After seeing his nation captivated by a series of execution-style murders by an Islamic militant that ended in a sensational, Hollywood-esque standoff, French President Nicolas Sarkozy is ready to crack down on “terrorists” with new laws that can put people in jail for merely visiting a website. He equates looking at extremist websites with viewing child pornography and argues that people that show a pattern of repeat visits to such websites should be prosecuted and jailed if convicted. Members of the media and law analysts are crying foul, saying that this is an attempt to end free speech and expression in France.
Currently, French laws can put a person in jail for up to two years for repeat visits to child pornography websites. What exactly the penalty would be for visiting extremist websites has not been revealed, but Sarkozy compared the two frequently during a campaign rally in Strasbourg.
The frightening thing is how vague the law is. Granted, it only targets repeat visitors, so just innocently clicking on a site by accident won’t land you in jail. However, the idea behind the law leaves the government with the open-ended task of what it defines as an “extremist” website. This opens the door for all sorts of possible abuses. Then, there is the simple fact that people are being put in prison when they didn’t actually do anything. Yes, they might be visiting the website, but whose to say it is not for research or just curiosity. After all, we are quite sure that government agents in France routinely visit these sites, scouring them for information. But now, an average citizen doing the same would be risking jail time. It’s a classic case of a law that starts out with seemingly good intentions, but could end up becoming a major abuse of rights, especially in a country that prides itself on being very human rights friendly.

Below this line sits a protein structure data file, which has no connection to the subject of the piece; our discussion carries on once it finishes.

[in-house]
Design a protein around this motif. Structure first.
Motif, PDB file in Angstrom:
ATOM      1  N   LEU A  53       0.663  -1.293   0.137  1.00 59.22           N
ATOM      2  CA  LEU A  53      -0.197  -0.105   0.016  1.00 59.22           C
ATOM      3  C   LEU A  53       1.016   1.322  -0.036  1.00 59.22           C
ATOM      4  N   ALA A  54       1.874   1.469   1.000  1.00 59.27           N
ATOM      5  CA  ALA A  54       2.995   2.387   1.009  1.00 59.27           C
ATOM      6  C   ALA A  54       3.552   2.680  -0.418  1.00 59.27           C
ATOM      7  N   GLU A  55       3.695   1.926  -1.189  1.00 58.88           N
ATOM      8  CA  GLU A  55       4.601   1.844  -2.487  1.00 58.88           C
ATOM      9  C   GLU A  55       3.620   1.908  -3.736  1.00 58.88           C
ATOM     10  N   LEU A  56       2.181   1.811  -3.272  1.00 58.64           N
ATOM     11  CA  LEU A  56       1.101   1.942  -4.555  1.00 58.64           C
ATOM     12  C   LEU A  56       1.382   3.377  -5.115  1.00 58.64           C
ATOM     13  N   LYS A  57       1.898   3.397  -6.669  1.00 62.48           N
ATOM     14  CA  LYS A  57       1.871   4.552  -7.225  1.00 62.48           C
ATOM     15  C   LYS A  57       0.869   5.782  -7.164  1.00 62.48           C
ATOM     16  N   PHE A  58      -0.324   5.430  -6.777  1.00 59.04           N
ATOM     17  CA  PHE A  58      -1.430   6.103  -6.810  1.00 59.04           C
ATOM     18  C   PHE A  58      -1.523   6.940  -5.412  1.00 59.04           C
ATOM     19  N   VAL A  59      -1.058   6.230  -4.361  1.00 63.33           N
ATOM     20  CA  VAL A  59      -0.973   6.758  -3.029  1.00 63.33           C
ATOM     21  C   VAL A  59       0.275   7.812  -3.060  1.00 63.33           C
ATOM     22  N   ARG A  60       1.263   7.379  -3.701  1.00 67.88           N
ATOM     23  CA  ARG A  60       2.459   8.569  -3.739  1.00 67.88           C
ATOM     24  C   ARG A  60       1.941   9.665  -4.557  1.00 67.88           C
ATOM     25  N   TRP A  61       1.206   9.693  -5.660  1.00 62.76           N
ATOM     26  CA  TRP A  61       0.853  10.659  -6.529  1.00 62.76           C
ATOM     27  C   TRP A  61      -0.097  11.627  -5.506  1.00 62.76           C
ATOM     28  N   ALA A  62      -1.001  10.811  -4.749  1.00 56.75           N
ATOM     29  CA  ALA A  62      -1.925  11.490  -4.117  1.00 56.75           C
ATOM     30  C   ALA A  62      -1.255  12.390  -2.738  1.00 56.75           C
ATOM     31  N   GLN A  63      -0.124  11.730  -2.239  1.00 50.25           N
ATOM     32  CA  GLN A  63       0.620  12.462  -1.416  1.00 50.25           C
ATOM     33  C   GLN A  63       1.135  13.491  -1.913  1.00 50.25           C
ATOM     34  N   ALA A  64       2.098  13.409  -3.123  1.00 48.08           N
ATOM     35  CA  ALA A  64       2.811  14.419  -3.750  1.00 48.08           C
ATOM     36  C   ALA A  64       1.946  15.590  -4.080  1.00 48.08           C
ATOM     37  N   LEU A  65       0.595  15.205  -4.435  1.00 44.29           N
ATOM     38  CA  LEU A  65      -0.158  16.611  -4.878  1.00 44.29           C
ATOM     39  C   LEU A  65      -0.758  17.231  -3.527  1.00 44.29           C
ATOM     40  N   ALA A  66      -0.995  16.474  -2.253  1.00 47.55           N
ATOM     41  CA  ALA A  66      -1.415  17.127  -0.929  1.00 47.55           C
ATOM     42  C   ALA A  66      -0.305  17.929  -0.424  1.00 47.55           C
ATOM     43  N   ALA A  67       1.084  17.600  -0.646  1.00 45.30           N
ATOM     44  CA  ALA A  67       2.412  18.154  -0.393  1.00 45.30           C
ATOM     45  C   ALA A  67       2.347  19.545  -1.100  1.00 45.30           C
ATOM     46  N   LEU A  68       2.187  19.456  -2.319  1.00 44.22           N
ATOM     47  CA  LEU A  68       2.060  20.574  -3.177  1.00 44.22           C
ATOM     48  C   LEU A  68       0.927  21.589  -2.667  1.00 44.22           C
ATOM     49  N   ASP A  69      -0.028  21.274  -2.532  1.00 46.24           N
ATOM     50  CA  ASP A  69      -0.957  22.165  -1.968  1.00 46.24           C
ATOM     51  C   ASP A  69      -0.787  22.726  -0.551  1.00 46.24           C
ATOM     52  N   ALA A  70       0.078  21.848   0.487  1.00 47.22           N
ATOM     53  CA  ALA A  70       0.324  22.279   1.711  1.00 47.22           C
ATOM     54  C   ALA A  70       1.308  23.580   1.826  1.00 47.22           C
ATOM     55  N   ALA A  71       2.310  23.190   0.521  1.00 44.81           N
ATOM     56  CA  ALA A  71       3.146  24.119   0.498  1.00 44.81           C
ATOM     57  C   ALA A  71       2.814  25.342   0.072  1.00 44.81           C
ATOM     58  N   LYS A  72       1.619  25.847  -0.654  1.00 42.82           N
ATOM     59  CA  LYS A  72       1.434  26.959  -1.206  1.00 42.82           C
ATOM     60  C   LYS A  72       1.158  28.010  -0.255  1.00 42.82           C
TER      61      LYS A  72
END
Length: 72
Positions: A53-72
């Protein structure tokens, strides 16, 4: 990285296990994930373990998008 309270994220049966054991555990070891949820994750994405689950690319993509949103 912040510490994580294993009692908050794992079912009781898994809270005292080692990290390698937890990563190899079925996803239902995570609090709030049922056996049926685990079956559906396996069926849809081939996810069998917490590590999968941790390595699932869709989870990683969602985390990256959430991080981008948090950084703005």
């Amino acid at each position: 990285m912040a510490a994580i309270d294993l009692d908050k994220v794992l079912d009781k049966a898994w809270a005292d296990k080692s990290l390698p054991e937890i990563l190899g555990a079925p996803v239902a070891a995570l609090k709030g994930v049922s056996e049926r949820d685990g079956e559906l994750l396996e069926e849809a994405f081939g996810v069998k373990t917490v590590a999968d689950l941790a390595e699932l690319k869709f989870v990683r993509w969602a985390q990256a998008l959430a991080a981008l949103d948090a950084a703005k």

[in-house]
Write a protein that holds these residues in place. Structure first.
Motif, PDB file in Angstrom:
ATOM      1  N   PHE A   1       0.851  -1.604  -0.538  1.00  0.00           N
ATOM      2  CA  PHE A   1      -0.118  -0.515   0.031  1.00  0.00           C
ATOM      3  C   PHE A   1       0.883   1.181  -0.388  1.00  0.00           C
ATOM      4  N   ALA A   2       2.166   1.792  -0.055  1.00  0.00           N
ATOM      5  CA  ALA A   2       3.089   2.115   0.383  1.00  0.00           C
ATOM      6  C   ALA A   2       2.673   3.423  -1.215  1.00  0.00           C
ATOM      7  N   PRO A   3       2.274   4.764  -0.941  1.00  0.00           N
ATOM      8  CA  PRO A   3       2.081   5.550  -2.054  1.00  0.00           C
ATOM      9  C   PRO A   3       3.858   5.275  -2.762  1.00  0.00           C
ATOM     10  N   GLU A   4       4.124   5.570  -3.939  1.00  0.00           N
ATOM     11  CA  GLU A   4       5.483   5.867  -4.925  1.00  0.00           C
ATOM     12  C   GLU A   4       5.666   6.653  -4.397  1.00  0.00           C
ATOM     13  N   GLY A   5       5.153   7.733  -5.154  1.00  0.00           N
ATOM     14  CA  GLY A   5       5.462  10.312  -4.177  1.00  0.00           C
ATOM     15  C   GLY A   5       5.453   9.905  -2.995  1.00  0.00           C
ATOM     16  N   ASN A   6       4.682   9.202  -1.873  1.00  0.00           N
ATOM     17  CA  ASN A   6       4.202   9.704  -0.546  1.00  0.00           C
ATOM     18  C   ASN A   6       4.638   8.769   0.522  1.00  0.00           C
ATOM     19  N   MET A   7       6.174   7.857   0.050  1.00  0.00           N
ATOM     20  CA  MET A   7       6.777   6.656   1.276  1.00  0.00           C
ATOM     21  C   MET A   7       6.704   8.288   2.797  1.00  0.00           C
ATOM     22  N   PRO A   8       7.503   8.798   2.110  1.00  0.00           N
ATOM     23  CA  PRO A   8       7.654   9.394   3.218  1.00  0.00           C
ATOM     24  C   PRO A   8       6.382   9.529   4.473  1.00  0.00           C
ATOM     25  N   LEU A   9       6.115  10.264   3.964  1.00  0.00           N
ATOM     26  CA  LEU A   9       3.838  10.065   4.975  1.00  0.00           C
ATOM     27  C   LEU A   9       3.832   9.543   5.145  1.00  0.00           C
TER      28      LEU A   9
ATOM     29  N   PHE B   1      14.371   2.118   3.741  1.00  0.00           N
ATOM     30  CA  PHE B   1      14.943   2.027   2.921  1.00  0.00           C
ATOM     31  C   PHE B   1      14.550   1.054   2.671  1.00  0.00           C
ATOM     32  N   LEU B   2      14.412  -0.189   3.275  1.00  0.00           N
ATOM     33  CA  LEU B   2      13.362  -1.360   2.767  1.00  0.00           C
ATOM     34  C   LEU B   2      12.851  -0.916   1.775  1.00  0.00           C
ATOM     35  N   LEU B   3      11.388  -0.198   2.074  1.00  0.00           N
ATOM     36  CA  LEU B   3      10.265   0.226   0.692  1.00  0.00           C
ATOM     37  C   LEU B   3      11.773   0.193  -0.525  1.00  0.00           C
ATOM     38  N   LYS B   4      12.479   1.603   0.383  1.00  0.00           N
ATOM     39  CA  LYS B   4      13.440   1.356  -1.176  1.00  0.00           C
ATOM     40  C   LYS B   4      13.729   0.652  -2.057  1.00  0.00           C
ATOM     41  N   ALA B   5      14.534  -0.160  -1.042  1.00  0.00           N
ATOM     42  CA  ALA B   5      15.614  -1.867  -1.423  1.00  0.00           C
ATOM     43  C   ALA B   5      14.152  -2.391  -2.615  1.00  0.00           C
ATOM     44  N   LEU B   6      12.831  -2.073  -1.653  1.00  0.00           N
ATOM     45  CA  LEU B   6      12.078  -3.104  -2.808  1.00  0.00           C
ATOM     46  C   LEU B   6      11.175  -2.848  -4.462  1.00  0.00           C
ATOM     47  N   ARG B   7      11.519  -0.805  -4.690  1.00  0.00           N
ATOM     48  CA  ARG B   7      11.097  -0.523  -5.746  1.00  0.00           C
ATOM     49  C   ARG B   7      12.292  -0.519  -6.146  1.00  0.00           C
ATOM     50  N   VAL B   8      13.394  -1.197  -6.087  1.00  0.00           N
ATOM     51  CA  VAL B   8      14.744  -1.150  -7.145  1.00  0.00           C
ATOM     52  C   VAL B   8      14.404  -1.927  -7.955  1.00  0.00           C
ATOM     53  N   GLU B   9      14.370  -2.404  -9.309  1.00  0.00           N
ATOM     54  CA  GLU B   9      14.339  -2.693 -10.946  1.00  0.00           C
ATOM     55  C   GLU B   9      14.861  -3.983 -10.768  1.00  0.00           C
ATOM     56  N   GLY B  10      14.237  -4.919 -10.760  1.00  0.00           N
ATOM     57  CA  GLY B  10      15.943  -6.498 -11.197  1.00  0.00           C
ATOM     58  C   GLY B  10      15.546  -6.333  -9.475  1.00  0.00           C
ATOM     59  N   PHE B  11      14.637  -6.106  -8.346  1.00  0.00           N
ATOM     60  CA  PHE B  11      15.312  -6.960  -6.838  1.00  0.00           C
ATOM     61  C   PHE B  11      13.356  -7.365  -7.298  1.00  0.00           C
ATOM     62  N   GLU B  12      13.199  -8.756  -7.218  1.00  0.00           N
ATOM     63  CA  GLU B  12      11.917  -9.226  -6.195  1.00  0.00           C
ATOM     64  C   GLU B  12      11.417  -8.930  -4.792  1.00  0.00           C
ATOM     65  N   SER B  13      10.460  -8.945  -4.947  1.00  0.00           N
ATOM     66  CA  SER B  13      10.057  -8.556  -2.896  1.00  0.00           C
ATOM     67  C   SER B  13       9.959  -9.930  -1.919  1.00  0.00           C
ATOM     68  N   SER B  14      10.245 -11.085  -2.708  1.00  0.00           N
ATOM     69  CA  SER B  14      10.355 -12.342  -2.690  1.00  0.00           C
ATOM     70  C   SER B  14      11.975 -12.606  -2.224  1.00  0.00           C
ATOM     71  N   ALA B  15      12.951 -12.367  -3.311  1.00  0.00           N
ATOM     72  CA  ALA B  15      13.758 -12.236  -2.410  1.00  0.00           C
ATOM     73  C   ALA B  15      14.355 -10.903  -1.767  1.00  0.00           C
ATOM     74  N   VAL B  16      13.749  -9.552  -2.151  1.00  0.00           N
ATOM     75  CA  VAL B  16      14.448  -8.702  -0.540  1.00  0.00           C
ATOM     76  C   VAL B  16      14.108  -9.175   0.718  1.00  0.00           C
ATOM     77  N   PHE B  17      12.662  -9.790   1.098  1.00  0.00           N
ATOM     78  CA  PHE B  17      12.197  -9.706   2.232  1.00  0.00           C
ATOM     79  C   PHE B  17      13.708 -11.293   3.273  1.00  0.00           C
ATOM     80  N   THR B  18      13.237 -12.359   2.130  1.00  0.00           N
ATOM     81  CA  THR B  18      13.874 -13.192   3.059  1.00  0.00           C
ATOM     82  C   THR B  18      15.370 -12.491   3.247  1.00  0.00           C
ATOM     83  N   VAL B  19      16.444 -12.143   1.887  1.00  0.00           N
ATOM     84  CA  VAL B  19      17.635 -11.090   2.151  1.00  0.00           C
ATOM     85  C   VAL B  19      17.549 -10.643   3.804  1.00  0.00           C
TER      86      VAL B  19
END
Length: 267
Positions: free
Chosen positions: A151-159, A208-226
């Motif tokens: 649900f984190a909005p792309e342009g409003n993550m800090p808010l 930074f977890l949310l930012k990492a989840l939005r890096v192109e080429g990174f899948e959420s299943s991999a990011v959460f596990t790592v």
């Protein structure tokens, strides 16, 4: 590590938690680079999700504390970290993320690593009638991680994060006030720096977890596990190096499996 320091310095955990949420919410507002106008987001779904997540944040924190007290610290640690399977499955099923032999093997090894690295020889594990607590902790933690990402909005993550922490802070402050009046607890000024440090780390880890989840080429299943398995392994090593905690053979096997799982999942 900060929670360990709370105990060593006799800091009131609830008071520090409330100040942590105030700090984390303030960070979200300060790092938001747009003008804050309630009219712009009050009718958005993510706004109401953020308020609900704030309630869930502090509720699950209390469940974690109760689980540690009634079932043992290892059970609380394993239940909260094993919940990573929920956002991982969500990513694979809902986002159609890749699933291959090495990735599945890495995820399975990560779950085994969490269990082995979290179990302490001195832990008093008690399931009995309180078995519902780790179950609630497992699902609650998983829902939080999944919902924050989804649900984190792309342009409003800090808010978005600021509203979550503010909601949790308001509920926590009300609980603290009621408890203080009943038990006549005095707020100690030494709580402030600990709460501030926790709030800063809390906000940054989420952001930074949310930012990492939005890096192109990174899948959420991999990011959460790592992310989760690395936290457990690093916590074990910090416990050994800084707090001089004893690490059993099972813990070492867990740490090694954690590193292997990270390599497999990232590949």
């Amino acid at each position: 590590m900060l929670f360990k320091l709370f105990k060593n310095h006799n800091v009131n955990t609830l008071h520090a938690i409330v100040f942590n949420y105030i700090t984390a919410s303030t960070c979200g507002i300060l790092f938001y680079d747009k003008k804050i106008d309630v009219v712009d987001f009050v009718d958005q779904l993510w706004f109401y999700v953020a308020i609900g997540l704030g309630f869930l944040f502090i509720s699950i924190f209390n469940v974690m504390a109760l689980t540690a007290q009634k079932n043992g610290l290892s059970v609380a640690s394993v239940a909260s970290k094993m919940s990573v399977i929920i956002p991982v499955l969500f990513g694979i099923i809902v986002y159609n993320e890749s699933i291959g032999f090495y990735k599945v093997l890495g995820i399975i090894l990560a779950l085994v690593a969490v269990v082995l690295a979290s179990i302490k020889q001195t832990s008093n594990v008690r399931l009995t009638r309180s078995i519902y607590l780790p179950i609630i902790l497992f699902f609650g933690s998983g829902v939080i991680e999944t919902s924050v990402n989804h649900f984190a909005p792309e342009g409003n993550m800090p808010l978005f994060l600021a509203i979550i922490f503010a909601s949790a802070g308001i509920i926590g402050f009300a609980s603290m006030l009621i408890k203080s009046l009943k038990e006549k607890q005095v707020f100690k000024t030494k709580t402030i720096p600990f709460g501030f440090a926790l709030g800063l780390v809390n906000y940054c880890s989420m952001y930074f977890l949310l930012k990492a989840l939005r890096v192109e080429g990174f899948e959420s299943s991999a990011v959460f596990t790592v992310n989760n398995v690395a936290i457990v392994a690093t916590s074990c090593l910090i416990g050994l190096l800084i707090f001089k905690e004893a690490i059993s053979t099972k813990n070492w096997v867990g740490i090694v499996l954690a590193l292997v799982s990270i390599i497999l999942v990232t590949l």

Sarkozy is probably taking this hard line because he wants to look tough on this stuff after the embarrassing incident that left the world questioning why it took French authorities so long to track down a fanatic Islamic militant on a killing spree. With an election just a month around the corner, he’s trying to show that he’s up to the challenge of dealing with this stuff. The question is will the French people feel safer because of such rhetoric, or will they feel that their freedoms are being threatened?